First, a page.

3 Reasons Why I Feel Sorry For Major League Soccer
I feel sorry for MLS.
Sure, I think their business model is sort of wacky and elitist. Why can’t they just adopt promotion/relegation like the rest of the world? Why can’t they just have a single table with a balanced schedule? And salary caps? That’s almost contrary to the spirit of world soccer!
But still, I do feel sorry for them, for several different reasons:
1. They’re losing the TV war.
MLS is trying to do something that is very bold and difficult: They’re trying to create a new, globally important soccer league in 2013. To do that, they need money. To get money, they need TV networks. To get TV networks, they need fan attention.
It sounds simple, right? Just get some fan attention and the TV networks will pay big dollars to broadcast your games and you use the money to buy the best players. Soon you have a virtuous cycle and the Europeans are paying money to watch your games on their televisions. Ha….how about THAT!
And, it would be simple except for the era when MLS was trying to pull off this feat. When MLS started in 1996, the problem was the most Americans didn’t care about soccer. In 2013, Americans are interested in soccer, but find they can easily access comprehensive coverage of the superior leagues in England, Spain, France, Germany and Italy along with a smattering of Mexican, Scottish, Australian, Brazilian, Argentine and lower-level English games.
A typical Saturday can start with Rooney, RVP, Ozil and the other stars of the EPL, a noontime switch to Pirlo, Balotelli, Vidal, Buffon and other Italians, before a late afternoon of Zlatan, Cristiano, Falcao and Messi. If you watch that all day, those first touches in the New England – Sporting KC game look really grim. It’s like watching foosball. I mean….how much soccer can a man be expected to watch!
And if you squeeze in that MLS game on Saturday evening, when are you supposed to play FIFA? That Career Pro you’re working on in the Irish League isn’t going to build his attributes by himself!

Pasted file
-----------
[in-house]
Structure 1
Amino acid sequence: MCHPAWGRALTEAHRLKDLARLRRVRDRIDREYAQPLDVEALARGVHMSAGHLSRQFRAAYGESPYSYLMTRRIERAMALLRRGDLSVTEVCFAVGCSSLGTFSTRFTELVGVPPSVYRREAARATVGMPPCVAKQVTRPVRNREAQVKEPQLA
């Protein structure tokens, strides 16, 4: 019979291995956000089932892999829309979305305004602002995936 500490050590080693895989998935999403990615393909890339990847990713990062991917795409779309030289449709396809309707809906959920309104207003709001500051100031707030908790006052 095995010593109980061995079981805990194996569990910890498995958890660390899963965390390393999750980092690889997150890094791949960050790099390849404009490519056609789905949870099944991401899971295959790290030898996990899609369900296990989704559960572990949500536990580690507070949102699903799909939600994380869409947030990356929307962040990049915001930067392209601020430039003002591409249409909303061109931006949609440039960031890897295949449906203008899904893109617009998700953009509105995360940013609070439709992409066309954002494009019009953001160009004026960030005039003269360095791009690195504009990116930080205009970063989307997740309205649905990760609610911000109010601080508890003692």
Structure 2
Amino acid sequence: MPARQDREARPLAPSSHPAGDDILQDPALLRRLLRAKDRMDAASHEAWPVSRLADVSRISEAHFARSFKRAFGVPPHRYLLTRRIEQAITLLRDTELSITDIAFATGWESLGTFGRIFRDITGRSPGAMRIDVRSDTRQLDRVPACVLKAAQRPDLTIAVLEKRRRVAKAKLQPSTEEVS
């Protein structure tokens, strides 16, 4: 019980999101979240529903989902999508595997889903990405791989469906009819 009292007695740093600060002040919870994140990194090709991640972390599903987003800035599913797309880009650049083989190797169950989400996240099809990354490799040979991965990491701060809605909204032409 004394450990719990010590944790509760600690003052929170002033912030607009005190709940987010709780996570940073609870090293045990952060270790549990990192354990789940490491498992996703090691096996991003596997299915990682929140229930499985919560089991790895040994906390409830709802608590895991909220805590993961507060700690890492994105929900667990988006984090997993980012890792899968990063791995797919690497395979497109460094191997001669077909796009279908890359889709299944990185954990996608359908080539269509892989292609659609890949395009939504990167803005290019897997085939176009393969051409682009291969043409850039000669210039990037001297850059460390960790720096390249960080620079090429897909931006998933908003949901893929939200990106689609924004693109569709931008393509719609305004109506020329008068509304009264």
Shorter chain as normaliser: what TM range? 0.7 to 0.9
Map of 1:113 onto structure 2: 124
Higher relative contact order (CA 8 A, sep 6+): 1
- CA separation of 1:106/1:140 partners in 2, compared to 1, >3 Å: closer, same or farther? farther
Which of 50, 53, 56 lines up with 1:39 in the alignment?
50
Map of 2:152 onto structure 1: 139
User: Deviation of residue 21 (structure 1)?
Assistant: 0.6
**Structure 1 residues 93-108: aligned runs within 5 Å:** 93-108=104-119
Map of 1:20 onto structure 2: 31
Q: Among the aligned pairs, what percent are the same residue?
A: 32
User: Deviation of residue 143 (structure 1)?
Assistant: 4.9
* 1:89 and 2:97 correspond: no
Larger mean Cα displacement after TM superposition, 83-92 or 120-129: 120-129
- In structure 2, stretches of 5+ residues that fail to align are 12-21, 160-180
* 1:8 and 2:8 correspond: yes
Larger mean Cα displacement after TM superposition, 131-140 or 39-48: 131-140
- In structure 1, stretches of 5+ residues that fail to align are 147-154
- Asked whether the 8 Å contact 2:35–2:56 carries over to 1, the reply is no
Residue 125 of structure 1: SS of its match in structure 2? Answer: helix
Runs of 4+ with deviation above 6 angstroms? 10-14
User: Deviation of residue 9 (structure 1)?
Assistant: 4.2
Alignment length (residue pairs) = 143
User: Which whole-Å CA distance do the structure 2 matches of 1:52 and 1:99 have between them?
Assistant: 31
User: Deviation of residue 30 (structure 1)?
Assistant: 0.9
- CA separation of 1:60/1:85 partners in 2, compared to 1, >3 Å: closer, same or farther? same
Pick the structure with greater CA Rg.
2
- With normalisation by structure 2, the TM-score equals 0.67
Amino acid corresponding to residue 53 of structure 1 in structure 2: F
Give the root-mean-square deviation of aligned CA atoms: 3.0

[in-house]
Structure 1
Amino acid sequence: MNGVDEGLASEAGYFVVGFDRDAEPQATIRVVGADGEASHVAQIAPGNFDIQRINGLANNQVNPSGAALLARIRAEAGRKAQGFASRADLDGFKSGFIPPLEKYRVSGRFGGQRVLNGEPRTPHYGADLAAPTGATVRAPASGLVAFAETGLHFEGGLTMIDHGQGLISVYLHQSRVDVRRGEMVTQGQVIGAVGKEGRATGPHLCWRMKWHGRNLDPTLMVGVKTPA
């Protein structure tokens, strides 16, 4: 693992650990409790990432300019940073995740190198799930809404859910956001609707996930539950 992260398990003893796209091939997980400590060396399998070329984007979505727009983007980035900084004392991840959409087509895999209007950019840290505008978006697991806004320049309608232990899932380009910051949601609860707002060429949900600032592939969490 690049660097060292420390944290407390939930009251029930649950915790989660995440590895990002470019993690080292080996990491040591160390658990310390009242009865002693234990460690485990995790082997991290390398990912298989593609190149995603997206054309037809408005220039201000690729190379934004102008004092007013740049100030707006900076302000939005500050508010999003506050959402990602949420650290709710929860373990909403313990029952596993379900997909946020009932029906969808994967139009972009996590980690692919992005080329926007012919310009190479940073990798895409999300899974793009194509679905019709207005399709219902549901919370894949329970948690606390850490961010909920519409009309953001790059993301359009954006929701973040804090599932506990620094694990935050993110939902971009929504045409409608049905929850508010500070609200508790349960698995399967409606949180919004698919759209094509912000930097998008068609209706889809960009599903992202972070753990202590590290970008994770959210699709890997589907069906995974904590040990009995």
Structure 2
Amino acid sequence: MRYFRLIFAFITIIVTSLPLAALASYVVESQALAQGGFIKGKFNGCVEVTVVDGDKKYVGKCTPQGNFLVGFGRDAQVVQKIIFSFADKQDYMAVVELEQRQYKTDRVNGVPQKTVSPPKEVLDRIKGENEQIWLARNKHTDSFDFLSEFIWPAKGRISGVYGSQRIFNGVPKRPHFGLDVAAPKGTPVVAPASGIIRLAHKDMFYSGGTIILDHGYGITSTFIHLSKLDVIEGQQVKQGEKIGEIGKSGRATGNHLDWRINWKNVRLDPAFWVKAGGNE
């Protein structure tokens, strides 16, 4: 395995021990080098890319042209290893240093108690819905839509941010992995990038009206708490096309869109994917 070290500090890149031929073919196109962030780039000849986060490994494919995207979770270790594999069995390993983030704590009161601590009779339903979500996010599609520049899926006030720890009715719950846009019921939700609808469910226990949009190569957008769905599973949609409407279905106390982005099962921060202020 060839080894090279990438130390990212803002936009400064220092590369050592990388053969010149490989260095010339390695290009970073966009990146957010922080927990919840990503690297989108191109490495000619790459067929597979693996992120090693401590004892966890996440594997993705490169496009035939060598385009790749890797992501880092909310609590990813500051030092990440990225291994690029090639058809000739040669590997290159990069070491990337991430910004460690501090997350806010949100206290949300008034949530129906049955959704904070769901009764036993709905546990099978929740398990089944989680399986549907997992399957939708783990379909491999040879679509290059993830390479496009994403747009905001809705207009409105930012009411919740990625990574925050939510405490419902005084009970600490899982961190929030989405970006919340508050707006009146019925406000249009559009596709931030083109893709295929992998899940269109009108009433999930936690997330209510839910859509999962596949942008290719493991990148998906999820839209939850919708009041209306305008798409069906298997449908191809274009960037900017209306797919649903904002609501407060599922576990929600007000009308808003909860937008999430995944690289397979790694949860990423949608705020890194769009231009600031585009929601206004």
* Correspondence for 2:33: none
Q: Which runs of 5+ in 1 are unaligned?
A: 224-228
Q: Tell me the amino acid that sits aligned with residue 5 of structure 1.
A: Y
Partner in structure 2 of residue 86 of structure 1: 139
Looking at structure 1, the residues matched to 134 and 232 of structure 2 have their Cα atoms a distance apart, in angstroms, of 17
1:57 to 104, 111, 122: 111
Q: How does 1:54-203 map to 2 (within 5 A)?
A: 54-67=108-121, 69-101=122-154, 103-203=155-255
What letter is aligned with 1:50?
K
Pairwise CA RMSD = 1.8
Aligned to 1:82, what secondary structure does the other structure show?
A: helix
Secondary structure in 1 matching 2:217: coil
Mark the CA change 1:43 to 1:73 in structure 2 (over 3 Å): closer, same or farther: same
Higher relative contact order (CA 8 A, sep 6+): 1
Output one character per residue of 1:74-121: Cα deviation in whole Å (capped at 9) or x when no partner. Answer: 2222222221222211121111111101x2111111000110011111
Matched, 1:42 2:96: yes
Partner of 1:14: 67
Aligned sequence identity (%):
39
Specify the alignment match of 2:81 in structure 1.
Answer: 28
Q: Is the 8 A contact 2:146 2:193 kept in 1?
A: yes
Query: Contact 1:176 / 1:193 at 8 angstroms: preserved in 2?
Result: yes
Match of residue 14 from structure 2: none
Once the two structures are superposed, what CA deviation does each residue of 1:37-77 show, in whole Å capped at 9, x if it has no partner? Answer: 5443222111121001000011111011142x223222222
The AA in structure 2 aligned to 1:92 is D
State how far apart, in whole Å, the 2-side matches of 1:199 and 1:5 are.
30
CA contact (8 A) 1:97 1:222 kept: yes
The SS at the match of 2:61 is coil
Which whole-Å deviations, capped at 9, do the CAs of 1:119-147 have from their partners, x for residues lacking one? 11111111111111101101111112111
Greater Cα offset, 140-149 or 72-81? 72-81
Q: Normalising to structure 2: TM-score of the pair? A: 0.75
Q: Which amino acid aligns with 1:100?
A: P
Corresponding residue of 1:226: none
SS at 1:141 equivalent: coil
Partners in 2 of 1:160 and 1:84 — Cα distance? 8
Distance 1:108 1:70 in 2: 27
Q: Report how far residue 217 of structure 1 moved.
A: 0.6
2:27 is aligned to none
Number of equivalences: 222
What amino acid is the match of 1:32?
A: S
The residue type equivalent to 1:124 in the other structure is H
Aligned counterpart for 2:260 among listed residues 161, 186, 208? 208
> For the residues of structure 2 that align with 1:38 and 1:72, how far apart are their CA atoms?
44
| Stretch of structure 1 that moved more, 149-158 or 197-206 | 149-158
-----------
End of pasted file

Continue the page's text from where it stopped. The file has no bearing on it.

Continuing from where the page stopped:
2. The country is too large to have a lot of teams local to all large metro areas.
Wait… I hear you say that we should “support our local clubs.” We should be patriotic and support American soccer! But, the closest MLS club to my home in North Carolina is DC United. It’s 5 hours away by car. “But we’re probably expanding to Atlanta soon!” Except that Atlanta is 5 hours in the other direction. It would take less time to drive from Newcastle to London than for me to drive to an MLS game. And I don’t live in the boondocks. North Carolina is the 10th largest state in the USA with a population of ~10MM. That’s more than the combined populations of Wales and Scotland combined yet we do not have an MLS team and don’t seem to have any prayer of ever being awarded one.
Simply stated, to have a similar density of “top” clubs as a true footballing nation like England, Germany or Spain, the US would need ~100 powerful teams (and several thousand lower-league and semi-pro clubs in the lower divisions). We’re not even close to that.
3. Even the weather doesn’t cooperate with MLS.
The MLS schedule avoids the winter partially because winters in Toronto are cold. But because of this, they play games in the summer in Houston. The rumor mill suggests that MLS will soon expand to Miami and Atlanta. Have you ever been to Atlanta in July? It isn’t even pleasant to be a fan who sits still with a cold beverage in July to say nothing of the athletes who have to run for 90 minutes in that heat and humidity. When your league includes all of the United States and Canada, it is impossible to find a calendar that suits the entire geographical area.
None of this is to harangue MLS and to say they should adopt promotion/relegation or a single-table or the FIFA calendar. I’m just pointing out the bravery of a group that looks at all these massive structural challenges and still says, “Screw what these lower division clubs do… where they just try to build a local market… [Make a wanker gesture.] We are expanding to big TV markets! We’re going to build a global soccer powerhouse in the next 10 years!”
How can you not enjoy the spectacle of it all?
So, if you’re like me and occasionally find fault with so many things that MLS does, let’s at least keep in mind the challenges they face. It would drive people to drink. I surely wouldn’t want their job.
Editor’s note: For the latest news, opinion and analysis, visit our Major League Soccer page for more articles.